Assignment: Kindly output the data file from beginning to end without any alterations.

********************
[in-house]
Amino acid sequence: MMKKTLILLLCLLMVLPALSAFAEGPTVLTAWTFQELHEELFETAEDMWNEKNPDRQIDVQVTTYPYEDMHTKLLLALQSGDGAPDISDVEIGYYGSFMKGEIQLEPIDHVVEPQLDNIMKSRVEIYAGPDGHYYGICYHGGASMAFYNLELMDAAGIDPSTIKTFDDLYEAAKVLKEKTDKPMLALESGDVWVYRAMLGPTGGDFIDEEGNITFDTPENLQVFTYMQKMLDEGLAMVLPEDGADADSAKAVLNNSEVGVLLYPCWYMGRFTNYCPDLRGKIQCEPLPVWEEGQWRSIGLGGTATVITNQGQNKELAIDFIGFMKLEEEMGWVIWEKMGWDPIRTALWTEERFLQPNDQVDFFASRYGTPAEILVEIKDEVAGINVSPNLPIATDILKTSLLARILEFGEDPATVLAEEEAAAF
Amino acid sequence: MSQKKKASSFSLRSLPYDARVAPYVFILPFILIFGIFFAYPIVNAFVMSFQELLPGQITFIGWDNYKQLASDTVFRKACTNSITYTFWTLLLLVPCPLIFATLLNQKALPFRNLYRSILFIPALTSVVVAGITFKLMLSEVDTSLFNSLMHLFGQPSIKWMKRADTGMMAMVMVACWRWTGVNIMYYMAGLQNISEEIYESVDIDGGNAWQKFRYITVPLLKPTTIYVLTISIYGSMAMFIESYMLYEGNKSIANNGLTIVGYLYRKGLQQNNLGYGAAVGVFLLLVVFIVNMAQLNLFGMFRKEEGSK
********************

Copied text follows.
[in-house]
Amino acid sequence: MMKKTLILLLCLLMVLPALSAFAEGPTVLTAWTFQELHEELFETAEDMWNEKNPDRQIDVQVTTYPYEDMHTKLLLALQSGDGAPDISDVEIGYYGSFMKGEIQLEPIDHVVEPQLDNIMKSRVEIYAGPDGHYYGICYHGGASMAFYNLELMDAAGIDPSTIKTFDDLYEAAKVLKEKTDKPMLALESGDVWVYRAMLGPTGGDFIDEEGNITFDTPENLQVFTYMQKMLDEGLAMVLPEDGADADSAKAVLNNSEVGVLLYPCWYMGRFTNYCPDLRGKIQCEPLPVWEEGQWRSIGLGGTATVITNQGQNKELAIDFIGFMKLEEEMGWVIWEKMGWDPIRTALWTEERFLQPNDQVDFFASRYGTPAEILVEIKDEVAGINVSPNLPIATDILKTSLLARILEFGEDPATVLAEEEAAAF
Amino acid sequence: MSQKKKASSFSLRSLPYDARVAPYVFILPFILIFGIFFAYPIVNAFVMSFQELLPGQITFIGWDNYKQLASDTVFRKACTNSITYTFWTLLLLVPCPLIFATLLNQKALPFRNLYRSILFIPALTSVVVAGITFKLMLSEVDTSLFNSLMHLFGQPSIKWMKRADTGMMAMVMVACWRWTGVNIMYYMAGLQNISEEIYESVDIDGGNAWQKFRYITVPLLKPTTIYVLTISIYGSMAMFIESYMLYEGNKSIANNGLTIVGYLYRKGLQQNNLGYGAAVGVFLLLVVFIVNMAQLNLFGMFRKEEGSK